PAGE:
In this page we will discuss how the ROV sends the individual battery cell voltage readings to the control box on the surface. We will not discuss operation of the Battery Monitoring Circuit (BMC) itself since this is discussed in a separate section of the website. For more information take a look at the LiPo Battery Monitor documentation.
The frequency with which the battery cells are read is determined by surface control box. Once the control box determines it needs to retrieve battery voltage information from the ROV, a call is made to the subroutine called "BatteryVoltage" (found in the uart.asm file). This subroutine starts off by sending the defined command for a battery reading to the ROV (d'255'). Upon receiving the command, the ROV then retrieves the voltage levels from the battery monitoring circuit (BMC) via the i2c protocol. This process is explained the the i2c communication section of the BMC documentation.
The control box then waits for the ROV to acknowledge the command and proceeds to receive the voltage data for the four individual cells of the LiPo battery. After the transmission of each packet, the ROV waits for confirmation of reception by the control box before sending the next packet in sequence.
Using battery cells 2 and 3 as examples, the code below shows how th control box both receives the data and confirms its reception:
...and below is the corresponding code used by the ROV to send the battery data for cells 2 and 3 and wait for confirmation of reception by the surface controller:
Below we revisit the logic analyzer capture that shows this communication scheme between the control box and the ROV:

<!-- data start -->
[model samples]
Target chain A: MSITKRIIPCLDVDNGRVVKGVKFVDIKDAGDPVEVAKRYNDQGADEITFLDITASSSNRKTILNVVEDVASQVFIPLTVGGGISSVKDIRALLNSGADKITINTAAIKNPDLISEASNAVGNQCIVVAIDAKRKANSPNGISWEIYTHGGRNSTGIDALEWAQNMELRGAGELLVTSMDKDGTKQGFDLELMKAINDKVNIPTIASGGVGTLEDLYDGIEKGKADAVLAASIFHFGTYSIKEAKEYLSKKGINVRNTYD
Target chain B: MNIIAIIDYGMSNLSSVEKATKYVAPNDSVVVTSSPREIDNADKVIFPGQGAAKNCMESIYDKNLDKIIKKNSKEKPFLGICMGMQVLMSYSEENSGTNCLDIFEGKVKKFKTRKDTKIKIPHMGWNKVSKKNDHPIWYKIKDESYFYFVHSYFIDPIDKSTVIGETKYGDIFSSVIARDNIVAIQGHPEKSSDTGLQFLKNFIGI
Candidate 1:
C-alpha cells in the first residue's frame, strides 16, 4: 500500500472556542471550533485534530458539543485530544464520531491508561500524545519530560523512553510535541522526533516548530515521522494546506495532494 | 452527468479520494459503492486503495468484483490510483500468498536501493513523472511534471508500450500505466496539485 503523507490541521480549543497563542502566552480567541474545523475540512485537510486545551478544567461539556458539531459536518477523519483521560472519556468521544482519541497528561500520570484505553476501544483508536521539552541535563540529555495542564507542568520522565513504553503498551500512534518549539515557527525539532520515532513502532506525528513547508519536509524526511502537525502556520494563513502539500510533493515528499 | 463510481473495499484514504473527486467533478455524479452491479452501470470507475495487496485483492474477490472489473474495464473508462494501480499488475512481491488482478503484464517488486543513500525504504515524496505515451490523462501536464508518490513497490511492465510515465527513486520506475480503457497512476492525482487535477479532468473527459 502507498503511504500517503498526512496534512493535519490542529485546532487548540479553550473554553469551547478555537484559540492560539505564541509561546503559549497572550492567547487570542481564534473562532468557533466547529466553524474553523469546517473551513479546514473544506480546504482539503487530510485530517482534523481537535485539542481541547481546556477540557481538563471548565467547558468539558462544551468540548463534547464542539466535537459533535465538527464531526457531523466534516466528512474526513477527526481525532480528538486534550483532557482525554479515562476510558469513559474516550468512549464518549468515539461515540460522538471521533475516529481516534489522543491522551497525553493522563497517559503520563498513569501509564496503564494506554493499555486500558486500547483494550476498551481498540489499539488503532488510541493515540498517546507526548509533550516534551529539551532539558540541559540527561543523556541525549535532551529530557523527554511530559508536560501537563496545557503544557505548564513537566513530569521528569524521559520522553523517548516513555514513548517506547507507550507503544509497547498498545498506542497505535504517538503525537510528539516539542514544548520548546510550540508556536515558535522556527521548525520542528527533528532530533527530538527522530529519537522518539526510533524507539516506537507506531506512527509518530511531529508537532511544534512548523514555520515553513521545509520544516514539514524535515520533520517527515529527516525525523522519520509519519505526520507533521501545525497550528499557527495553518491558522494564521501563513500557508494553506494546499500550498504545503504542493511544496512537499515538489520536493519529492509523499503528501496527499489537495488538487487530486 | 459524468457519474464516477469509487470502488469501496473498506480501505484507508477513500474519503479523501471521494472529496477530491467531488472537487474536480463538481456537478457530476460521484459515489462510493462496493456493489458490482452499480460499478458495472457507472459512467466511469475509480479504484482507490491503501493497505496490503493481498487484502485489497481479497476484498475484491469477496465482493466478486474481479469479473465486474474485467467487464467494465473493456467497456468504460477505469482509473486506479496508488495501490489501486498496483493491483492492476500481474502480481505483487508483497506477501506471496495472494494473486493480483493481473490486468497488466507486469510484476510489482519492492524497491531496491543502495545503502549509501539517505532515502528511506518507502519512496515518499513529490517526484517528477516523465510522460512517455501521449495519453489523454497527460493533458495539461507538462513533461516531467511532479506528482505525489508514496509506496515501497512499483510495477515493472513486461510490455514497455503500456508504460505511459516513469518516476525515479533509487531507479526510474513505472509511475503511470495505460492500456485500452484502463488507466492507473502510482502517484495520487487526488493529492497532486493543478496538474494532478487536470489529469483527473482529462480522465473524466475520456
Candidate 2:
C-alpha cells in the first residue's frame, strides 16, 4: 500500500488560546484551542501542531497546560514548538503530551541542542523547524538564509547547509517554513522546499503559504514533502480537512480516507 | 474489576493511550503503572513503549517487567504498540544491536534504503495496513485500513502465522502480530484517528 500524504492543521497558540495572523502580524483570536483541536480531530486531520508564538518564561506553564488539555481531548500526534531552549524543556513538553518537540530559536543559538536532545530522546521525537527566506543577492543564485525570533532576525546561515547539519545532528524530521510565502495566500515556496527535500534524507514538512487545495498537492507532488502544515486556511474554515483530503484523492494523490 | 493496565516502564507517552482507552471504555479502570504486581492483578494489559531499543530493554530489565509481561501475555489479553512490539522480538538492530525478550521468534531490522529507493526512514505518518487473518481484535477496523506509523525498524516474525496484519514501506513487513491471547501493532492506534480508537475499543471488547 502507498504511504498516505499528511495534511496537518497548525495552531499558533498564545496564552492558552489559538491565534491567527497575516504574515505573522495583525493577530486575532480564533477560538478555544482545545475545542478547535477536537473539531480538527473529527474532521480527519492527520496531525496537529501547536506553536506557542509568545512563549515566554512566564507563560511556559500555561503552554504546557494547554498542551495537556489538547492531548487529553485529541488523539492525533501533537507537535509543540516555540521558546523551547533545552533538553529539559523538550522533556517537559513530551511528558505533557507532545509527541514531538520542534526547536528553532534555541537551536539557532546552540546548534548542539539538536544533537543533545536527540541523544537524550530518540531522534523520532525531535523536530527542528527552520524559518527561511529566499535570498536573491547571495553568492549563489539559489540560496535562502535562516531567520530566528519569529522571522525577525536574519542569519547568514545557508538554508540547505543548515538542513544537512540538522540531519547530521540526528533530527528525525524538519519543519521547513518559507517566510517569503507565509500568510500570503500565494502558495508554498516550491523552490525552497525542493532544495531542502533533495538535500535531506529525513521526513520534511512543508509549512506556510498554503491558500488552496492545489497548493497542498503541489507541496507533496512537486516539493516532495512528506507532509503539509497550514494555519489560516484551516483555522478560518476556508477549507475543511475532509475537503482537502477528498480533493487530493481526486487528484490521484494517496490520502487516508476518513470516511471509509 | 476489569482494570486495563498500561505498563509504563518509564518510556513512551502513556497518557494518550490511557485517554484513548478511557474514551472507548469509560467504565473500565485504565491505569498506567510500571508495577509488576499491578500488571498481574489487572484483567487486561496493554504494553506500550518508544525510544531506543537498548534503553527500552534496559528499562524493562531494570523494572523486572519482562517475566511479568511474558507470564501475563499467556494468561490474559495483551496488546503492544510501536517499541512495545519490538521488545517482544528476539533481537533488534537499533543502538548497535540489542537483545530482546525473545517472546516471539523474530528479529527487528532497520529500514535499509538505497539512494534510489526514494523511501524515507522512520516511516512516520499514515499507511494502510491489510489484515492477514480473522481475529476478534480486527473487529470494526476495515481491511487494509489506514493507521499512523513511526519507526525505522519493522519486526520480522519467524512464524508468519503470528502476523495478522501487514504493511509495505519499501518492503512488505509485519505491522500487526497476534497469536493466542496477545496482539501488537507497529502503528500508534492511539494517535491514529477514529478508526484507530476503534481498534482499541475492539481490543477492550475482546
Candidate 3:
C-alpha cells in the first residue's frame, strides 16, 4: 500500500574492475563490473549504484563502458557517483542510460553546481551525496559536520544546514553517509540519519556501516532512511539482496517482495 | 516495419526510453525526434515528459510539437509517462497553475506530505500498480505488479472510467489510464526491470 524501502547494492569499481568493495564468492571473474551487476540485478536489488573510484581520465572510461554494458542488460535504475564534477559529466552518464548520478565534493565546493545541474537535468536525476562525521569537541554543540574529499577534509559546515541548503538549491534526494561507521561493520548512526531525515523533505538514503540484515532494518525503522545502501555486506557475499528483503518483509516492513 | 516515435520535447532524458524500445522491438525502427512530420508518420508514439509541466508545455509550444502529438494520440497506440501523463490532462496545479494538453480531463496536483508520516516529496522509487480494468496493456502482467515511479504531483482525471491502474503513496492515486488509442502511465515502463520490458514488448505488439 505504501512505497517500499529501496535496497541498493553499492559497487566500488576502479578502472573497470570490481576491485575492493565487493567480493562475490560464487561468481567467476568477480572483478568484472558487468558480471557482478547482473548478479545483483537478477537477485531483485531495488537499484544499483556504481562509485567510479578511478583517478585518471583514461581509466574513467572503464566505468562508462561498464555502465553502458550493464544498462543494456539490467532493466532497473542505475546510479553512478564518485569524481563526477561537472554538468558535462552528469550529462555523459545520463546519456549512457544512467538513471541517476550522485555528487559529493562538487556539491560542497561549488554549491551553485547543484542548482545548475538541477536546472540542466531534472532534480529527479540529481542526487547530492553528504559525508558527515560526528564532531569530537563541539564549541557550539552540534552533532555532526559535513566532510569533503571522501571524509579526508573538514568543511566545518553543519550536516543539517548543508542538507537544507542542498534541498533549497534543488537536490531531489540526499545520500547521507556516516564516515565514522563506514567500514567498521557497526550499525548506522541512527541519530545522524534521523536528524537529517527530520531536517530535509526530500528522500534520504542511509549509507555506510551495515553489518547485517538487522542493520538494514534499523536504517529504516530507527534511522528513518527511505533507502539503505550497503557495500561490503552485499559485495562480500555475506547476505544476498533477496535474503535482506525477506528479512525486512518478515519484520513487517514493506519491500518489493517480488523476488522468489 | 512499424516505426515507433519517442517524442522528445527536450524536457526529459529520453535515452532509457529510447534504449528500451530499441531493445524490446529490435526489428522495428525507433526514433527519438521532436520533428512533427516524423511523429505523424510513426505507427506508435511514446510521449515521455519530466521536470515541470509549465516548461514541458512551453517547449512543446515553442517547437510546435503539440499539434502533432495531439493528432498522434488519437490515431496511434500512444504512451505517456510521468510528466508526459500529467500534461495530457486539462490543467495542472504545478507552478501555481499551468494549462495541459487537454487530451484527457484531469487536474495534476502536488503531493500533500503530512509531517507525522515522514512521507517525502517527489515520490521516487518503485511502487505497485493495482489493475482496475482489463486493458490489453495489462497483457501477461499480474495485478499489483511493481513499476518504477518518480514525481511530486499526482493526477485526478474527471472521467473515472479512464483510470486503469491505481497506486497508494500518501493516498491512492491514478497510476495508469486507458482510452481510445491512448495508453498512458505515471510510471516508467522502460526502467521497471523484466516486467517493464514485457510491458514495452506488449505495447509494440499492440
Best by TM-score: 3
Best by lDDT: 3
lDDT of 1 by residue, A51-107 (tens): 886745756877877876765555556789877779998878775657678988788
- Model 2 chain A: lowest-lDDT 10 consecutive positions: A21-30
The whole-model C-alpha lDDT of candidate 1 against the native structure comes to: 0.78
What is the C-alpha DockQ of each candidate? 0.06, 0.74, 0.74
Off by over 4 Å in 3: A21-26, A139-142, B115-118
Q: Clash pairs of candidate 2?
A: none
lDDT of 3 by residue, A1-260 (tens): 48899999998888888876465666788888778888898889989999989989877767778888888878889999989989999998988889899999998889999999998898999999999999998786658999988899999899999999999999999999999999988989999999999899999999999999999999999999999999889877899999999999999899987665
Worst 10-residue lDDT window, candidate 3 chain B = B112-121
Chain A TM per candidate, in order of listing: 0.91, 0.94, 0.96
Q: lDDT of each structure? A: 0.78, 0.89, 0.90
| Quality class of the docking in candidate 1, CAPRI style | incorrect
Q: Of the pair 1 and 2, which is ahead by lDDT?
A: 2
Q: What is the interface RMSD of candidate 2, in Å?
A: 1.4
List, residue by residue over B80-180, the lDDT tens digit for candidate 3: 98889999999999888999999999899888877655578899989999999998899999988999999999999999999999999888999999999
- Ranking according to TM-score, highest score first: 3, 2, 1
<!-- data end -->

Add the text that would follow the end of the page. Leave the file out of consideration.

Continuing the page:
Control Box processes battery cell data
When the BMC reads the voltage levels of the four LiPo cells, it encodes them into an 8-bit number that can represent a range of values from 3.0-4.2 V (min-max values of each cell). The method of encoding is to let the 4 most significant bits (4 msb) represent the voltage value to the left of the decimal point (this will be a "3" or "4") and the 4 least significant bits (4 lsb) represent the voltage value to the right of the decimal point (from "0" to "9"). The screen shot of the lookup-table inside the BMC program file demonstrates this:
Let's take a look at a logic analyzer capture of the communication between the ROV and BMC:
If you examine the logic analyzer capture above, you see that cell 1 is encoded as decimal number "64" (4.0V) and cells 2,3, and 4 are encoded as decimal number "65" (4.1V). For example, if we examine cell #3's encoded value (decimal number "65"), we see that:
- d'65' = b'01000001'
- 4 most significant bytes = b'0100' = d'4'
- 4 least significant bytes = b'0001' = d'1'
- Encoded cell voltage for cell #3 = 4.1V
After receiving and storing these battery cell readings, the control box must then display them on the LCD screen. This is done by making a call to the subroutine "VoltageUpdate" (found in the LCD.asm file).
In the next section we will examine the LED lights used on the ROV.
Continue on to ROV (part 5/Lights)...